Up next, are the president's dreams of being the only one to finally get rid of North Korea's nukes imploding? We'll talk about that next.


BASH: Welcome back.

Breaking news just in to CNN.

A study commissioned by the government of Puerto Rico now says Hurricane Maria killed thousands more than the government initially said. According to analysis by the George Washington University's Milken Institute of Public Health says the storm claimed 2,975 lives. The Puerto Rican government initially said the hurricane killed 64 people.

[12:15:13] CNN's Leyla Santiago joins us now.

And, Leyla, you know, the obvious question is, how could they possibly have such a disparity between what they initially said and this extraordinary and very tragic number?

LEYLA SANTIAGO, CNN CORRESPONDENT: Well, and the other really big question here is, will the government of Puerto Rico, now that this study has come out from George Washington University, the official study commissioned by the government, now that it has come out with this finding of 2,975, will the government of Puerto Rico change its official death toll that as it stands right now is still at 64.

This is a study I've had an opportunity to look over, just actually talked to researchers here at George Washington University. They point out issues that led to possible death, issues with communications, issues of things that could have led to what you're saying. The government saying 64 when they believe it could be nearly 3,000. Issues of communications, how the death certificates were filled out.

And, this is important here, they say that they have more work to do. This is only phase one of their study. They really still want to talk to families of those who lost loved ones. That has not happened. And I think it's very clear -- or, excuse me, very important to understand that this is a study that points out how many deaths are sort of above average at this point. They don't have a list of 2,900 deaths. This is what they are saying is statistically the number of deaths that is above average. But gives you an idea of why it is much higher than the official death toll.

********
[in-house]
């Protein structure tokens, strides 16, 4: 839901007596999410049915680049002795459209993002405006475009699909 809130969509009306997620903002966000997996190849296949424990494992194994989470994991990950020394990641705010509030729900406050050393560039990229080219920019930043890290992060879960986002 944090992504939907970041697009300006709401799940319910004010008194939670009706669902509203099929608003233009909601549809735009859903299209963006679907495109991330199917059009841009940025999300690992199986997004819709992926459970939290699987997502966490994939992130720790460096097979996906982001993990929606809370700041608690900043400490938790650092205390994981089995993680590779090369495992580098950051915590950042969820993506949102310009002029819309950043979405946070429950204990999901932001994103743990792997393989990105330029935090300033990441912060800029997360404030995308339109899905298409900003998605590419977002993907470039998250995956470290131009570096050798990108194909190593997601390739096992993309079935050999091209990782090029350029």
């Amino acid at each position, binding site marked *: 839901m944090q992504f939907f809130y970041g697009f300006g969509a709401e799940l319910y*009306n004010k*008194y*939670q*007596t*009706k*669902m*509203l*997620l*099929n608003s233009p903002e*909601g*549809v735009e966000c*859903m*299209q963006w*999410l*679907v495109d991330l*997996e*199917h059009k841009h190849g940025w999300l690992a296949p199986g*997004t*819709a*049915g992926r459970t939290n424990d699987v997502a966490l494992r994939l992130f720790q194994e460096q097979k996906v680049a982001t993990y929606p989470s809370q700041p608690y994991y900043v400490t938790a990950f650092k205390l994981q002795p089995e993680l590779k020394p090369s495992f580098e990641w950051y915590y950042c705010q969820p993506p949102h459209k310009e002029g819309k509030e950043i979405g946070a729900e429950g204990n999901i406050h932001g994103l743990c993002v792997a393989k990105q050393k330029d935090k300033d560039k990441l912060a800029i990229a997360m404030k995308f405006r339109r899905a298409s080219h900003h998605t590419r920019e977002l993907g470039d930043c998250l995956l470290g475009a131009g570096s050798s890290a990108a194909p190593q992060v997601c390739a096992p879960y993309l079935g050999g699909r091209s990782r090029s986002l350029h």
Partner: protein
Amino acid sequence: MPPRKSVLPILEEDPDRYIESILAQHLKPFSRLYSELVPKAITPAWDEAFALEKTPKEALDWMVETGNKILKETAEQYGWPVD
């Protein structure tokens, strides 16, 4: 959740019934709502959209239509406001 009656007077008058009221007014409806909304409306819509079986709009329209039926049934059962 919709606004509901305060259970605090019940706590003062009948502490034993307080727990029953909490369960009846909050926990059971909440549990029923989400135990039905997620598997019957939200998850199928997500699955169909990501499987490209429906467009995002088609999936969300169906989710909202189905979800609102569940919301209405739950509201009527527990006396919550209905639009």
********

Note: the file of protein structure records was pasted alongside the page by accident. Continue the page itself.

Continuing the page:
The question now, will the government of Puerto Rico finally change that number? BASH: Absolutely. And, of course you know much better than anyone that

we shouldn't lose sight of the fact that what we're looking at on the screen here is beyond tragic. Nearly 3,000 people lost their lives in a natural disaster, which is just -- it's horrible and obviously shouldn't happen.

Thank you so much for that reporting. Appreciate it, Leyla.

And turning -- turning to the Pentagon now, right after his Singapore summit with Kim Jong-un, the president said that the North Korean nuclear threat was over. Well, today, two and a half months later, his defense secretary was asked if he agrees. His answer, well, it's not so simple.


QUESTION: Does the Pentagon share that assessment?

JAMES MATTIS, DEFENSE SECRETARY: You know, Tom, you're asking for a straightforward answer on a complex subject. The bottom line is, there was progress made. The whole world saw that progress when the two leaders sat down. We also knew very clearly this was going to be a long and challenging effort to negotiate this away.


BASH: There are also new complications today in the denuclearization process that the president claimed was done. North Korea back channeled a letter to the United States in which it warned talks were in peril. Meanwhile, the defense secretary was asked if the U.S. would suspend any more joint military exercises with South Korea beyond the ones the president called off after the summit.


JAMES MATTIS, DEFENSE SECRETARY: We have no plans at this time to suspend any more exercises. We've suspended several exercises at the direction of the president. The good-faith effort was made. We have had -- we have done no planning for suspending others. Obviously we know what exercises are out there. So we could do that if directed to. Right now there are no plans to go further.


BASH: CNN's Barbara Starr joins us live from the Pentagon.

Barbara, you can put Pentagon speak into laymen's terms better than anyone. So, let's hear it. Explain what he was trying to say and what the significance is.

BARBARA STARR, CNN PENTAGON CORRESPONDENT: Well, I think it all boils down to progress in Singapore turns into politics between North Korea and the \United States right now.

On the question of exercises, what the secretary is really saying is, he's not committing to anything right now. They canceled the initial round this past several -- this past year. And as they look ahead to scheduled exercises for next year, they'll make up their mind when they get to it.

And it's coming right now, as you say, when the North Koreans are trying to put a little doubt about the progress of the discussions with the U.S., suggesting that the discussions are hitting a snag. And the president responding by saying, OK, well, Mike Pompeo's not going to North Korea then. So you're seeing a lot of political maneuvering on both sides.

What it adds up to, I think, we're only going to know in the months ahead.


[12:20:01] BASH: Barbara, thank you so much for that reporting.

And back here around the table.

Olivier, what's your take on this?

KNOX: Well, it's interesting to watch what North Korea is doing. The most important thing they're doing right now, I think, is moving like gangbusters to normalize their relations with South Korea. That's putting a bit of a wedge between the United States and that ally.

The sanctions regime (ph), the maximum pressure campaign, seems to be wobbling a bit. You've seen the Trump administration impose sanctions on several entities for violating those sanctions. I'm told there are a lot of others entities that could -- that could qualify for those kinds of sanctions.